This is an expanded version of a story cross-posted at FrontiersLA.com
(Editor’s note: I’ve known Betsy Butler through West Hollywood City Councilmember John Duran since 2008 during the fight against Prop 8. We’ve never had coffee or dined together, though we’ve occasionally spoken on the phone. Last year, when it appeared Equality California might change their long-standing policy of automatically endorsing good pro-equality incumbents if an LGBT person vied for the seat – I asked what kind of message that would send to EQCA’s straight allies. EQCA didn’t change its policy and endorsed EQCA board member Betsy Butler for re-election, but it’s a question I think the LGBT community should still tackle. – Karen Ocamb)
Assemblymember Betsy Butler seems always on the move. During the span of several days when Frontiers tried to interviewed her for longer than three minutes, she was walking precincts in the new 50th Assembly District, in the car driving to the airport to fly back to Sacramento after a gala at the Simon Wiesenthal Center, in between committee hearings or late at night after several events.
In the June 5th Primary, Butler is running against lesbian community organizer Torie Osborn, Santa Monica Mayor Richard Bloom and gay Republican attorney Brad Torgan. Though several pundits have suggested that the Democratic candidates seeking to represent this progressive district are very much alike on policy issues, the differences in experience and leadership styles suggest they may be worlds apart in execution and enforcement of those polices.
Butler, who was born in Sacramento and graduated from San Diego State University and from the Executive Program in Management at UCLA, has spent her career working on environmental issues. She’s worked with the California League of Conservation Voters and the Environmental Defense Fund to develop carbon emission standard changes, water conservation and habitat protection policies. She also worked at the Department of Commerce on trade policy during the Clinton administration and worked with and learned a lot from California Lt. Governor Leo McCarthy. In 2006, Rep. Hilda Solis recognized Butler for her activism and commitment to working families. Butler has also raised tens of thousands of dollars as an Equality California board member, including during the heated battle over Prop 8.
Butler’s most important piece of legislation so far is her Toxin-Free Infants and Toddler Act, AB 1319, which will ban the use of Bisphenol-A (BPA) in baby bottles and sippy cups. Until the ban goes into effect, Butler is suggesting the use of sippy cups made in Mexico, which does not use the same toxins in manufacturing.
“I applaud Betsy Butler’s leadership in passing this landmark law to ban the toxic chemical BPA from products that are used by infants and toddlers every day,” says state Sen. Fran Pavley, who tried successfully to pass a similar bill for years. “Betsy’s unmatched tenacity and commitment has ensured that California children will finally be adequately protected from dangerous chemicals. Working together, Betsy and I overcame significant adversity from special interests to pass this law. Its success shows that Betsy Butler is among our most effective fighters for consumers, our environment and our children.”
Butler says such hard work is the sign of an incumbent – one of the criticisms leveled at Butler by Osborn, who believes the 50th AD is an open seat. Butler points out that both the California Democratic Party and the Secretary of State recognize her as the incumbent.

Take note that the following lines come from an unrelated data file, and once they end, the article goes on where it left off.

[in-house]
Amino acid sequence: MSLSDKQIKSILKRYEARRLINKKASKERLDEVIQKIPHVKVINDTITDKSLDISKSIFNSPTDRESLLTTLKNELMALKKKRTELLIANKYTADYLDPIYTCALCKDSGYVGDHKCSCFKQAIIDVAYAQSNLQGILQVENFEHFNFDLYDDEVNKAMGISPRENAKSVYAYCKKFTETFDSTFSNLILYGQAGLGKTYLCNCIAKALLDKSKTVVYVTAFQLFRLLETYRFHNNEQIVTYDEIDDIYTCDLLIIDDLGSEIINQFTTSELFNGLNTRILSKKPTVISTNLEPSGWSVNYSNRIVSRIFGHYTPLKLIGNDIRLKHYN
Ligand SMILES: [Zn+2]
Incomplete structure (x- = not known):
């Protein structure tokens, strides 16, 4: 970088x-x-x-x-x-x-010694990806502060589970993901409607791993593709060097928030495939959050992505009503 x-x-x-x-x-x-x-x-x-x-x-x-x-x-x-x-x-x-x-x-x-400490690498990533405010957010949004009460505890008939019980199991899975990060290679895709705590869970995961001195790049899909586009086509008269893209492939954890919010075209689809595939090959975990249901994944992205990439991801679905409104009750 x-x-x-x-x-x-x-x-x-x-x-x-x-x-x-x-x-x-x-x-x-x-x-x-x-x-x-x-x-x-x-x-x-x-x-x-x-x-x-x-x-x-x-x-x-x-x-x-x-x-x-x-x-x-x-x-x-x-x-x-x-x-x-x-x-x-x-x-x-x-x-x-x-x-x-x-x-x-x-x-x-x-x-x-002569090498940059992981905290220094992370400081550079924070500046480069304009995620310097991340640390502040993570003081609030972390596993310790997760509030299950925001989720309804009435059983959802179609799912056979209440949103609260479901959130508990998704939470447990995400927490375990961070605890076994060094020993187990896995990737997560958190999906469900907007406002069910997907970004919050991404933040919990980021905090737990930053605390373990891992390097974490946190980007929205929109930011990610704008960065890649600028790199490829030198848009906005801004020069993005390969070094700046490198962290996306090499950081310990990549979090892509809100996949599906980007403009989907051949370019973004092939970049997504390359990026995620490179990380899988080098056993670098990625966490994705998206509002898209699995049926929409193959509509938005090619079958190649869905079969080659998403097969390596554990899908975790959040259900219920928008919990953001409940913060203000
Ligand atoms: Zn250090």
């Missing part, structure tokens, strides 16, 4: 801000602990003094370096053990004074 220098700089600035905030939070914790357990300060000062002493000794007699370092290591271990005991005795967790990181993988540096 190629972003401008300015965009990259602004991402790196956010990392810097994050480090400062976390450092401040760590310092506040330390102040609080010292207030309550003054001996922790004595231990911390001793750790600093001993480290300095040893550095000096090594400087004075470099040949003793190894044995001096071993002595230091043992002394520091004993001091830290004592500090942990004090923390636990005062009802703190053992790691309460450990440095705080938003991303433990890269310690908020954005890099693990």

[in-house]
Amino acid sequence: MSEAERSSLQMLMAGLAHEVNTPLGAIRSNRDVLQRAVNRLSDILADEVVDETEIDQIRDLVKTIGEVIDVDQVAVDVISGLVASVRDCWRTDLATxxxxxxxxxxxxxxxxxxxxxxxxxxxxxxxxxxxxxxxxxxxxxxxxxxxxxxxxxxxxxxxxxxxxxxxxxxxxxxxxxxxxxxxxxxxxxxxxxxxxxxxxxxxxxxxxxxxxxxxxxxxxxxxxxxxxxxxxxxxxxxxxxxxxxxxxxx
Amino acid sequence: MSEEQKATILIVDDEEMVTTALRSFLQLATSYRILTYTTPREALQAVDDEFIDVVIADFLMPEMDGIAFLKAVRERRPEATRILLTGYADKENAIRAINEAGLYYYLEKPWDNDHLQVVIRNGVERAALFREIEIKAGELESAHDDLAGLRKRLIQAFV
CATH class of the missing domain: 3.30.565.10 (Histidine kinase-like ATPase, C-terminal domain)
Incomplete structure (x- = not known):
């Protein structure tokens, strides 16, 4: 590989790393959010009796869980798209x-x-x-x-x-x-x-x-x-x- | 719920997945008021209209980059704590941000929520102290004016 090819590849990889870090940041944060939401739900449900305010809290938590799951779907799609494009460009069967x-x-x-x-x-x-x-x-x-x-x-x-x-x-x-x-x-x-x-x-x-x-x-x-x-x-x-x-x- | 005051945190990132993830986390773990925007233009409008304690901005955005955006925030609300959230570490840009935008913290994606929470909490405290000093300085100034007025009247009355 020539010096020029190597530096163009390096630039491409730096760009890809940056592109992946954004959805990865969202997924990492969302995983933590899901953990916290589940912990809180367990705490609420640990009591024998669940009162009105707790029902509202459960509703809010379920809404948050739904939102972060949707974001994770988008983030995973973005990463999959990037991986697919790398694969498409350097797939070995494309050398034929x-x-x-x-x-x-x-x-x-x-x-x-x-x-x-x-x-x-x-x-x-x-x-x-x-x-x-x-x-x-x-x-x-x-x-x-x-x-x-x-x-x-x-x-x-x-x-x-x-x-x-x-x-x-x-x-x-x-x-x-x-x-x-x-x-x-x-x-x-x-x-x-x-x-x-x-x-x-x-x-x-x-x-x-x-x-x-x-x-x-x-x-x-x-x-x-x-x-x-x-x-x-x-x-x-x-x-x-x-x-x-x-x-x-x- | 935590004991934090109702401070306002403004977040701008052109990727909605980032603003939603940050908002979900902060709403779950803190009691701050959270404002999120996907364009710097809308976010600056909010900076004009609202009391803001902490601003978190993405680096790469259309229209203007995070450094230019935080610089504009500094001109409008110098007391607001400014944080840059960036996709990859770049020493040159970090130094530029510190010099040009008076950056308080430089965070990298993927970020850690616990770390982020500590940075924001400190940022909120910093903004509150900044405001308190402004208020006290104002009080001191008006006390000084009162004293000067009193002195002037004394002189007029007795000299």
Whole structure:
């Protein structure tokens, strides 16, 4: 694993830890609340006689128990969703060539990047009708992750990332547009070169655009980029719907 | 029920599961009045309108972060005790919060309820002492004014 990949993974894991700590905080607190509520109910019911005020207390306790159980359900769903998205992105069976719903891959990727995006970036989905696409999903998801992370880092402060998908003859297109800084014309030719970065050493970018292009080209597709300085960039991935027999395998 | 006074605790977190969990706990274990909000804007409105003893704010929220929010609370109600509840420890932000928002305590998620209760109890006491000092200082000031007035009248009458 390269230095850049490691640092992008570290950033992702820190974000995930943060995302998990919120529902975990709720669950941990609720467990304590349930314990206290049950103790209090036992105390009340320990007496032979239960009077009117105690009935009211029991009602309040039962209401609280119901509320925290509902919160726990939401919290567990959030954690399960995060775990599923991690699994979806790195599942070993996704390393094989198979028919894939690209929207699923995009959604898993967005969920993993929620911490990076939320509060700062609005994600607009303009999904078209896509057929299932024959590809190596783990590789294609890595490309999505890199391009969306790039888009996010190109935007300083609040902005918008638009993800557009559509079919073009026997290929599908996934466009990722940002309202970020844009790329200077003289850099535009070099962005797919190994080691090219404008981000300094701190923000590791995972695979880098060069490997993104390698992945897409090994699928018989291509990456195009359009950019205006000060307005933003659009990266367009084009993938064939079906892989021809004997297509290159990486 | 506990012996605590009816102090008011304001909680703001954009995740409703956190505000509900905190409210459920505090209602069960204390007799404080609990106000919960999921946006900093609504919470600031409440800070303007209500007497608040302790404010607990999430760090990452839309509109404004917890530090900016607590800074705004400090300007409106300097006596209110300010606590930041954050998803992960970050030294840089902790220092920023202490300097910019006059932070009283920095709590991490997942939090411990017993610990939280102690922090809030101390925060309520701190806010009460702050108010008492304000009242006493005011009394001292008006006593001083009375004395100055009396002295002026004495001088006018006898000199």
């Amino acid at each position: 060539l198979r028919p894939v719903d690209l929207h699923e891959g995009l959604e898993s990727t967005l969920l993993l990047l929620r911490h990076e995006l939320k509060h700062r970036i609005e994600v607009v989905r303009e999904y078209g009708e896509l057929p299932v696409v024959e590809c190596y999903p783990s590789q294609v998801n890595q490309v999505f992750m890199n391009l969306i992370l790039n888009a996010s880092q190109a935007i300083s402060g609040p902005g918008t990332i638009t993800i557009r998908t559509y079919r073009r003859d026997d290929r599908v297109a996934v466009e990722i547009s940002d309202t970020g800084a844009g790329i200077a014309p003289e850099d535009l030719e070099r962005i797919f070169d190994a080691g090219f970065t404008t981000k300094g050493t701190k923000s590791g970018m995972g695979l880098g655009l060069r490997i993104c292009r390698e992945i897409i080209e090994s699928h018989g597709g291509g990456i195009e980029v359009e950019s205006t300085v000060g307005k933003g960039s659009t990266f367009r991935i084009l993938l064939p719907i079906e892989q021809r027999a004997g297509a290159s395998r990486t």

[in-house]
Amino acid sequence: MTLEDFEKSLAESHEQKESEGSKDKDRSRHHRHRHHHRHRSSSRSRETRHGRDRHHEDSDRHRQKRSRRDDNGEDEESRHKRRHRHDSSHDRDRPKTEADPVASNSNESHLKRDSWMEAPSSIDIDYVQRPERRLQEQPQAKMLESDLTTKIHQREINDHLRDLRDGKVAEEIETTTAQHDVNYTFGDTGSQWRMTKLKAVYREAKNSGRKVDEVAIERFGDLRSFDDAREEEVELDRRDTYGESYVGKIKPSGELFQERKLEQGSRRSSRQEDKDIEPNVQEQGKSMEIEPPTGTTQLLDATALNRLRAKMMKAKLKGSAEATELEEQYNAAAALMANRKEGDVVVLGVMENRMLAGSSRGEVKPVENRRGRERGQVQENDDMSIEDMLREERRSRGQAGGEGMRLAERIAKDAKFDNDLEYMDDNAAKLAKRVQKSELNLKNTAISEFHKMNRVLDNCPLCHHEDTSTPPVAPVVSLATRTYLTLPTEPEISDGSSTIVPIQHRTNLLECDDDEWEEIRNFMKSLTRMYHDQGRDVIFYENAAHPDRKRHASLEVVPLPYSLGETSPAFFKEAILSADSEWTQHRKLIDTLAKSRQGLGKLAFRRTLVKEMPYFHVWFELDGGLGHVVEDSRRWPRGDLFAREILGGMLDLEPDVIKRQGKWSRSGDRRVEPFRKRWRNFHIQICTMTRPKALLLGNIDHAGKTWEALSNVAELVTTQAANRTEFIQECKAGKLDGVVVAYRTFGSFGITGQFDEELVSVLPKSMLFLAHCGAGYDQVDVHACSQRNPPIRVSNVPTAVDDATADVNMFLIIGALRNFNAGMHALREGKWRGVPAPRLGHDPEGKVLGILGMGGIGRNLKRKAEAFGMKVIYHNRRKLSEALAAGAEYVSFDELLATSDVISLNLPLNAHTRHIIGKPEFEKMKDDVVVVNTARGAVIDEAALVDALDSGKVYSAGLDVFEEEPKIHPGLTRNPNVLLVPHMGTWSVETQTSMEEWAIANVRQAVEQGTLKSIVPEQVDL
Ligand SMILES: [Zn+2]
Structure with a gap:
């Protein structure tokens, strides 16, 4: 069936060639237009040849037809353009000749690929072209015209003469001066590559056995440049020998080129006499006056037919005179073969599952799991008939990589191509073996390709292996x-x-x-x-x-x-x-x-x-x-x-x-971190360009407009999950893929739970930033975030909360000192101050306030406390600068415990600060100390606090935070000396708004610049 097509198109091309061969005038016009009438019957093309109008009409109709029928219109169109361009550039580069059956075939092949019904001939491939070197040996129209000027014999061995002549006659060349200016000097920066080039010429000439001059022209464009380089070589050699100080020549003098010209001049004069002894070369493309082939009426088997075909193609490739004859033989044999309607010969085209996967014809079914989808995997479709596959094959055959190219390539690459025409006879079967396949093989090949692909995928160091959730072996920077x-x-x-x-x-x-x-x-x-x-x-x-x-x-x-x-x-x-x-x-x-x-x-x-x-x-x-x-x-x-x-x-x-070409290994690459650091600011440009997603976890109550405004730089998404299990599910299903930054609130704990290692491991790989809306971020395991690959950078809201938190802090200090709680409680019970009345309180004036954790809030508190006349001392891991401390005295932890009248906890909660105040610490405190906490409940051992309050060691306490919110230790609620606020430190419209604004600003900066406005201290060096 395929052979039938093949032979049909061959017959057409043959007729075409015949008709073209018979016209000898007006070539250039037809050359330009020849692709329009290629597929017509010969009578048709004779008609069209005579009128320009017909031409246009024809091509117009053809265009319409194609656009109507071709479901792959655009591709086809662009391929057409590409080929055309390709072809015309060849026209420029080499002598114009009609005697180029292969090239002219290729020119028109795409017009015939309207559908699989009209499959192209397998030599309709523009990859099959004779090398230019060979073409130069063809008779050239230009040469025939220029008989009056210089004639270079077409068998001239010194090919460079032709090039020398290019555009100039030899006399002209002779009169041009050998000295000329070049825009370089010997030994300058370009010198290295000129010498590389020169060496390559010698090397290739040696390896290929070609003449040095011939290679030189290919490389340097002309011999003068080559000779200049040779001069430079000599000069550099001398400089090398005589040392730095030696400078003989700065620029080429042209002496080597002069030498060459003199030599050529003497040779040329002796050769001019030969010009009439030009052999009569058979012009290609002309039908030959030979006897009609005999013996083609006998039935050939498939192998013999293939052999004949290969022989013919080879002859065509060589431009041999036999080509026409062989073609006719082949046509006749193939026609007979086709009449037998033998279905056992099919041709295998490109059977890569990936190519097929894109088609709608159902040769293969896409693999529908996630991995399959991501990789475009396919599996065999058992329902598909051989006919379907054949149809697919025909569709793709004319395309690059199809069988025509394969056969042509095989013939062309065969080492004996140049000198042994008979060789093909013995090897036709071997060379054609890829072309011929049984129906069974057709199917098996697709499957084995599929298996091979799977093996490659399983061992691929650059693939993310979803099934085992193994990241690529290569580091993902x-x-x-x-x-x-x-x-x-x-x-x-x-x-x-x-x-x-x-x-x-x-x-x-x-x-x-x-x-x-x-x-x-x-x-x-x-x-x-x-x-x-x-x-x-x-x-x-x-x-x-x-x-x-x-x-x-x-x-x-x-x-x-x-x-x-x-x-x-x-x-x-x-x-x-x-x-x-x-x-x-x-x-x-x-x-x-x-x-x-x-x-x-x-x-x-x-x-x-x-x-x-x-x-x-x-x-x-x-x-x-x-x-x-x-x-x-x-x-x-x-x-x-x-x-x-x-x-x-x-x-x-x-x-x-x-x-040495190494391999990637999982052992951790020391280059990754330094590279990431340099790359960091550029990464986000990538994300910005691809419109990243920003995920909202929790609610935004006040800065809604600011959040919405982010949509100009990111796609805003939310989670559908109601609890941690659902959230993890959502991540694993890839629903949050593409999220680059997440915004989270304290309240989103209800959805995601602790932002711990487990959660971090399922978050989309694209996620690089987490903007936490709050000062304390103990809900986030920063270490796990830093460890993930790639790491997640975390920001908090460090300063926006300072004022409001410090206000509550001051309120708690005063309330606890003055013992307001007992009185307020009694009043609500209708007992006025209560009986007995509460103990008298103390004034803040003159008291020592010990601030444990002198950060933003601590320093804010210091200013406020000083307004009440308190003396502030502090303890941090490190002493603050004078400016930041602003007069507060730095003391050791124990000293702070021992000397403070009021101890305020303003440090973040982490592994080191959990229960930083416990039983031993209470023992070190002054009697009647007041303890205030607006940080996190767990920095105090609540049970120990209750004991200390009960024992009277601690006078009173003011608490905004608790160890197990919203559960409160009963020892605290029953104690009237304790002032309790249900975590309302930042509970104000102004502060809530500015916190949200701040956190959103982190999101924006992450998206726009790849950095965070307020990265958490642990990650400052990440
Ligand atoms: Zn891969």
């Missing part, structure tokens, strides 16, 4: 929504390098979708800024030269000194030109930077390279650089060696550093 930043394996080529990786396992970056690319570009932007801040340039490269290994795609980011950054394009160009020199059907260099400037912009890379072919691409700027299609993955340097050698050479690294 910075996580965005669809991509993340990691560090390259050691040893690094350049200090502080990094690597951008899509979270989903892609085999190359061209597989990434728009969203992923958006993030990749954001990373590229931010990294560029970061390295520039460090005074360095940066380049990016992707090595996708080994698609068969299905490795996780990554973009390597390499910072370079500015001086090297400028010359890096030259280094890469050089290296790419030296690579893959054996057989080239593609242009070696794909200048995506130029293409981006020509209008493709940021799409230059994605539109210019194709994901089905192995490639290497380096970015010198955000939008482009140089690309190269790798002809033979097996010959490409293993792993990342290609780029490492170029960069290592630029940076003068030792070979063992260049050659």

“How am I on the ballot as a member of the Assembly if I’m not the incumbent?” she asked rhetorically. The bottom line is – I’m in Sacramento, doing legislation.
This is what incumbency is. I’ve had to take hard votes in the last year that [Osborn’s] never had to take. I’d like to know how she’d vote on Diastat because she’s got two organizations spending $100,000 in mail to support her and they’re not supporting me because of one vote of mine.”
The difficult Diastat vote involves Senate Bill 161, authored by State Sen. Bob Huff (R-Walnut), that calls for volunteers to train in how to give emergency medication to nearly 94,000 children who suffer epilepsy and gran mal seizures. According to information on Huff’s website, “Diastat Acudial is a pre-dosed preparation of diazepam gel and is currently the only standard, out-of-hospital treatment that has been approved by the Food and Drug Administration (FDA) to successfully treat prolonged seizures, in a fast and safe way. If not administered “within a matter of minutes following the onset of a seizure, children can begin to suffer severe brain damage and even death.”
“I had families coming in this office from February on with their children who were slumped over in their wheelchairs and it was like they were 18 when actually they were in their late 20s or 30s because they had a gran mal seizure and suffered from brain damage when they were six,” Butler said.
Her vote in favor of the bill cost her the endorsement of the California Nurses Association and the California Federation of Teachers who opposed the bill because they think it should be administered by nurses on campus. The two organizations – that previously supported Butler – now support Osborn.
“We need to get nurses back on campus. Absolutely, positively. But with all the cuts to schools, I don’t know when that is going to happen,” said Butler. “It’s more important that kids get this drug, in my personal point of view, until we have money to put nurses on campus. So for me, I don’t see a strong argument for the other side….I’d like to know how Torie would vote on this bill.”
Here are excerpts from several interviews with Butler for Frontiers before the June 5 Primary:
Osborn says Butler is very proud of being born and bred in Sacramento, as if she was born into what Osborn calls the Sacramento political “machine.” Osborn also says Butler and her family were lobbyists, prompting a laugh from Butler. “They’re making up the same lies as in my first race,” she said, suggesting Osborn’s campaign is using the playbook of former 53rd AD Republican Tea Party candidate Nathan Mintz.
Yes, I am very proud to have been born in this state. I was born and raised in Sacramento and I left when I was 18 to go to college and I never lived in Sacramento again until I got elected to the Assembly. I have had a very broad world vision. I have lived in Los Angeles for 24 years. I lived in Washington DC for 9 years. Yes, I lived my first 18 years of my life in Sacramento CA. I didn’t have a lot of control over that. My father was a Lt. Colonel in the Air Force Reserve and a banker – he worked for Security Pacific. My mother worked for the California Teachers Association as a supervisor for Region One, which is in Northern California down to Bakersfield.